The national unemployment rate declined in August, but Speaker of the House John Boehner, R-OH, expressed disappointment with the figures released by the Bureau of Labor Statistics.

The unemployment rate dropped by 0.1 percent, to 6.1 percent. In comparison to August 2013, the Bureau of Labor Statistics noted the latest figure is down 1.1 percentage points from 7.2 percent.

Boehner called the Bureau of Labor Statistics' report "disappointing," especially following the announcement from the nonpartisan Congressional Budget Office projecting only 1.5 percent GDP growth for the remainder of 2014.

"[The latest unemployment report] shows a pattern of weakness in the Obama economy that has too many Americans still asking, 'where are the jobs?'" Boehner said in a statement.

According to Boehner, Republicans have listened to constituents and advanced resolutions to help create or provide more jobs. The House speaker added the GOP worked on lowering costs at home and restoring opportunity for all Americans "and we'll maintain that focus in the weeks and months ahead."

"But our common-sense solutions have run up against a brick wall in the Senate, where Democrats are more worried about keeping their jobs than helping families find work," Boehner added. "Americans are suffering the consequences of Senate Democrats' inaction, and they deserve better. With job growth slowing to its lowest level this year, Senate Democrats are out of excuses for stalling the dozens of House-passed jobs bills that are stuck in that chamber."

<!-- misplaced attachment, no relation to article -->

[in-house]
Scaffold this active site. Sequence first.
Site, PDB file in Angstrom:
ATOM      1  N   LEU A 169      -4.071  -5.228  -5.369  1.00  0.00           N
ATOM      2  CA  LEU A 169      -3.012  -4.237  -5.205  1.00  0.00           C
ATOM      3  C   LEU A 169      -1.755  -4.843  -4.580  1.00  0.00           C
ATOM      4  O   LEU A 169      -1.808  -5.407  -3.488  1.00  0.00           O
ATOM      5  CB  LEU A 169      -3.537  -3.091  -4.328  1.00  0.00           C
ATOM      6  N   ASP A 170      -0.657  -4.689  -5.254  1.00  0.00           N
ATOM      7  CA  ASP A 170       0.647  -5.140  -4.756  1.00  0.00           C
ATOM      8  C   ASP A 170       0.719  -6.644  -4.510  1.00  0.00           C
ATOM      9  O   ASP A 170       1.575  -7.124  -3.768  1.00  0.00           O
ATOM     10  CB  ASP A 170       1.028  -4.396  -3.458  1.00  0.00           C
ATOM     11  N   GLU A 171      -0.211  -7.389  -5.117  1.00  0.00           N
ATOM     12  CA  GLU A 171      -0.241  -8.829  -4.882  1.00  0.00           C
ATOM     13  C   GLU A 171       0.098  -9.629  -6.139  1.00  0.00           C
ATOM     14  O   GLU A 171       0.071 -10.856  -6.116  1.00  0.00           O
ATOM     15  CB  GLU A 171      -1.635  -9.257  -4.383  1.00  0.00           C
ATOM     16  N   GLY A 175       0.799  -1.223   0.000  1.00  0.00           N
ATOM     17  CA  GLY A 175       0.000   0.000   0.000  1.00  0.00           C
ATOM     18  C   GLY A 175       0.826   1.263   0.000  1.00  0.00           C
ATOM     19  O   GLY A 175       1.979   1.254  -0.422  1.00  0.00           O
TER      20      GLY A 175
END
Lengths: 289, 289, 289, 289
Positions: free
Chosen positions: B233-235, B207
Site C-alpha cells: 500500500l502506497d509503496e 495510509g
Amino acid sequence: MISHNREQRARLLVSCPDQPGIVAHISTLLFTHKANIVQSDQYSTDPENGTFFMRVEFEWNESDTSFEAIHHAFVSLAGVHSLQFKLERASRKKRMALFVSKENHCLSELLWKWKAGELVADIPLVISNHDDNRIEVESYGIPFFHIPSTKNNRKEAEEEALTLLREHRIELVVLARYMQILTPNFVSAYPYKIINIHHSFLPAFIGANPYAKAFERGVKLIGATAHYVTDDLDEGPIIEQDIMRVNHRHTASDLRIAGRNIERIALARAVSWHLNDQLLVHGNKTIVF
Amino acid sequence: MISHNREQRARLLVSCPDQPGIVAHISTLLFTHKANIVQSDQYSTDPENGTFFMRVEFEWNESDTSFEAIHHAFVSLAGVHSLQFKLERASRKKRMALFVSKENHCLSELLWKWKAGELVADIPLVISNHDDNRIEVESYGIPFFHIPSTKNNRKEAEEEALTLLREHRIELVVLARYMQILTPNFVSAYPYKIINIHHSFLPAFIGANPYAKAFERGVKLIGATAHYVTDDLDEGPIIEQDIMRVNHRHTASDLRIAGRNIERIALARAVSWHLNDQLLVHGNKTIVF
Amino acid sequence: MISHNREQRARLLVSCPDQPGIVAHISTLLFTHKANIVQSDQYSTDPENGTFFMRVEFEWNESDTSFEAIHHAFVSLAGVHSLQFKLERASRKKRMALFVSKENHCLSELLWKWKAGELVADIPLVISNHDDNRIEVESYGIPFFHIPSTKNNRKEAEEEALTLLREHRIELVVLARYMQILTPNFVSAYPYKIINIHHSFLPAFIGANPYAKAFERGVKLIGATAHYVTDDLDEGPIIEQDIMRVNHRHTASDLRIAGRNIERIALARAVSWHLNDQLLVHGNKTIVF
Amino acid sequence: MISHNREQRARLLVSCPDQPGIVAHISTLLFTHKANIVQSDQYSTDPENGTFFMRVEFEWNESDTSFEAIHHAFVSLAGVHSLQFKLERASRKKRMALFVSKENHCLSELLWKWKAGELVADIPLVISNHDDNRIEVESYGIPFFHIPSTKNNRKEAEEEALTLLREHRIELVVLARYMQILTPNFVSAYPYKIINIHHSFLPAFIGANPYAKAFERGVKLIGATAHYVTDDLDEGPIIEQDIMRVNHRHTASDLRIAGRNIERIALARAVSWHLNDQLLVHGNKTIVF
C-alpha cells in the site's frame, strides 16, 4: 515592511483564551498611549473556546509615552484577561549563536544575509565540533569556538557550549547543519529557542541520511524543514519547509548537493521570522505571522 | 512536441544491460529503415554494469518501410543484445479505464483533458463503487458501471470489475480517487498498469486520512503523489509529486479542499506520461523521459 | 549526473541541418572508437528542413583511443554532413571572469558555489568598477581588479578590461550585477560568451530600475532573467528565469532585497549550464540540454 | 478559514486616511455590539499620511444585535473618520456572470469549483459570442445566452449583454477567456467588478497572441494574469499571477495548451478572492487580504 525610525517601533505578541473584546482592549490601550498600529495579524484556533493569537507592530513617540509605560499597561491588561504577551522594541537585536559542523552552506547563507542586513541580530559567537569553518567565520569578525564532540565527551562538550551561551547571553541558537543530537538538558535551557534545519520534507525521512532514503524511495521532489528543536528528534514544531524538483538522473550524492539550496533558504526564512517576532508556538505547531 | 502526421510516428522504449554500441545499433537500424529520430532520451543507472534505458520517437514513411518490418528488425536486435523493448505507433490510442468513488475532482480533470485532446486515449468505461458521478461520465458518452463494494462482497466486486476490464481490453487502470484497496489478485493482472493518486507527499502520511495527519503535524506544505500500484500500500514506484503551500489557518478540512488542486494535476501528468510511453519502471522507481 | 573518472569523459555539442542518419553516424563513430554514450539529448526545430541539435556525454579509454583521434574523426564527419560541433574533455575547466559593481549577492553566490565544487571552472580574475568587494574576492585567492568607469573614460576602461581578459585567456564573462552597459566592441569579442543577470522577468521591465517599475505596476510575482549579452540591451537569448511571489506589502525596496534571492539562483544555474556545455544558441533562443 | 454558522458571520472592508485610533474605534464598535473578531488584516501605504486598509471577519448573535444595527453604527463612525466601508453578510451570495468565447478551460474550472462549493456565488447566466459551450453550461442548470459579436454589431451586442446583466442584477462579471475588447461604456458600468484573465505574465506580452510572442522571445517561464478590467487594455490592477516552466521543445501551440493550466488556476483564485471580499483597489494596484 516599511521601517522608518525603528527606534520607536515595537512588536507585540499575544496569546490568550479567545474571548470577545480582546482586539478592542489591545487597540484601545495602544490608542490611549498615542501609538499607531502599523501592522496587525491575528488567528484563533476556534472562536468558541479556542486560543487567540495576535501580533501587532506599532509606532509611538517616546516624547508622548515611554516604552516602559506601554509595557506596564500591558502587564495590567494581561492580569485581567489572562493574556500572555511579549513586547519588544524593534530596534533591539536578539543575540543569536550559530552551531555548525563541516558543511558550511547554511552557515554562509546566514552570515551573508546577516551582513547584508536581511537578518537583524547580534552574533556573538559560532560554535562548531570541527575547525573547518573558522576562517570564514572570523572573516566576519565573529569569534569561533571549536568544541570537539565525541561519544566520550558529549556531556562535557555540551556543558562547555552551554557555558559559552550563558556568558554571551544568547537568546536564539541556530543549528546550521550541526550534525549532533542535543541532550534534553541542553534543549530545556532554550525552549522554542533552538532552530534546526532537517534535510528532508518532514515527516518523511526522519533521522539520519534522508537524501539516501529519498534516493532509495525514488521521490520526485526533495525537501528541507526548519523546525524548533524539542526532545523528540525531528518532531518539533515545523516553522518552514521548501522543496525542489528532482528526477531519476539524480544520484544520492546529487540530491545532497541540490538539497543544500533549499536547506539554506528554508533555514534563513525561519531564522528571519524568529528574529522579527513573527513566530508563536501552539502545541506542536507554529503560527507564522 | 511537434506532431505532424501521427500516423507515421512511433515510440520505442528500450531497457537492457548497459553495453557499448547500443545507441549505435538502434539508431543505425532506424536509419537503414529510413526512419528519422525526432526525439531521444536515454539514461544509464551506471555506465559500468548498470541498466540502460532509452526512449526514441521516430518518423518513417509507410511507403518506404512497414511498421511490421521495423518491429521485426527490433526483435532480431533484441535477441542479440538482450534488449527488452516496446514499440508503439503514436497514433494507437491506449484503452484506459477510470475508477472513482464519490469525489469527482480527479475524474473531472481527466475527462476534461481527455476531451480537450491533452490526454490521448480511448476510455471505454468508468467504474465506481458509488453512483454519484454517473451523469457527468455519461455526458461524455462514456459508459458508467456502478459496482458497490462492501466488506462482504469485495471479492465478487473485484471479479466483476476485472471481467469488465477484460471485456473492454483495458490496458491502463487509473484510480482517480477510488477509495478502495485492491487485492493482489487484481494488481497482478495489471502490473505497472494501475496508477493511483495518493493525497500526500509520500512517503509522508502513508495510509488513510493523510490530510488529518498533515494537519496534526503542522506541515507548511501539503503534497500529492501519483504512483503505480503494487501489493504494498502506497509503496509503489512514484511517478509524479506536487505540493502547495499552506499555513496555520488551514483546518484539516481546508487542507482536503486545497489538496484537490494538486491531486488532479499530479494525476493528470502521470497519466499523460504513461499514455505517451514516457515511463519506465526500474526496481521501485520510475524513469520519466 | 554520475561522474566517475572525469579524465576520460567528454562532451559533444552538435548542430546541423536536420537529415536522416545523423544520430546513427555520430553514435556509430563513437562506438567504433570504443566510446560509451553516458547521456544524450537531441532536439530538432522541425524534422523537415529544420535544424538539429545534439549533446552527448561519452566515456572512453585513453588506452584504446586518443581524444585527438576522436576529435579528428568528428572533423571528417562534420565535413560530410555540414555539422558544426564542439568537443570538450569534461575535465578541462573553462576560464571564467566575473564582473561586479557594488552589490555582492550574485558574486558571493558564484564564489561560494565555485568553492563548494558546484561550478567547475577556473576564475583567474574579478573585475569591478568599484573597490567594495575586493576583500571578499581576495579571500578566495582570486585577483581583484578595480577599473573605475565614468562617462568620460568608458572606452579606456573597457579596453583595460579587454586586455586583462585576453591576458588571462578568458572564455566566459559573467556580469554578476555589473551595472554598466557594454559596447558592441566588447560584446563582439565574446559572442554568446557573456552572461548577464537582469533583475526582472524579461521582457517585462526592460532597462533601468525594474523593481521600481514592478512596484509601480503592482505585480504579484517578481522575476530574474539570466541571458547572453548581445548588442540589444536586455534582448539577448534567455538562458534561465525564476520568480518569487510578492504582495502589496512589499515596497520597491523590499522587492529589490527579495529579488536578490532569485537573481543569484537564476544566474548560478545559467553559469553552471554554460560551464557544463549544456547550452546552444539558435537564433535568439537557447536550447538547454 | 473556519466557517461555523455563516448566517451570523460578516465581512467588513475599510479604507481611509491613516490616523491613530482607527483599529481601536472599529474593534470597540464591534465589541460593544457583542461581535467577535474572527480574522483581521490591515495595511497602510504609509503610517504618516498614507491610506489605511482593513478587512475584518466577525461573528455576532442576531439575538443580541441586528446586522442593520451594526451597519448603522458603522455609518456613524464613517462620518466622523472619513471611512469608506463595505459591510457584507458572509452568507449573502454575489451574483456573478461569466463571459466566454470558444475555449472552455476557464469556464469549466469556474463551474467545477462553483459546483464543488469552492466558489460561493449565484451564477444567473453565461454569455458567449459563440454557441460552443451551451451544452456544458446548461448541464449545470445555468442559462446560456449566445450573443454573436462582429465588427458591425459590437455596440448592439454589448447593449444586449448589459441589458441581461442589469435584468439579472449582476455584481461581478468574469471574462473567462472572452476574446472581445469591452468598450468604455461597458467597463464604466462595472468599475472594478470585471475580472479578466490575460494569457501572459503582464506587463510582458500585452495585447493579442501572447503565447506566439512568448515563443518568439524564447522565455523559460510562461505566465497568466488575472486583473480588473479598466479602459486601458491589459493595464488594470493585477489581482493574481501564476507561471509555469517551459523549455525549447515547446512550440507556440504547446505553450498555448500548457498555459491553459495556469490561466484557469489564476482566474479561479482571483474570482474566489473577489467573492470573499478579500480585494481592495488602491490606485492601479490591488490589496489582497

"It's time for them to get to work," Boehner said.

Boehner's criticism of the Democrats continued in an op-ed for Time. He said Congressional lawmakers do not have to wait until after Election Day to collaborate. Boehner said a "real difference" could take place if Senate Democrats "change course."

The Bureau of Labor Statistics noted job growth during August increased in construction, "food services and drinking places," health care and in professional and business services such as architectural and engineering services.

"This figure is a marker of the progress that has been made, but also a reminder that more must still be done to create jobs, especially for the long-term unemployed, and grow the middle class. Although the pace of job gains in August was below recent months, the broader trends are moving in the right direction," Jason Furman, Chairman of the Council of Economic Advisors, added.

The U.S. Latino unemployment rate saw its first decline following increases since May. The August unemployment rate among Latinos is 7.5 percent, a decrease from June and July's sustained figure of 7.8 percent. In August 2013, the seasonally adjusted Latino unemployment rate was 9.3 percent.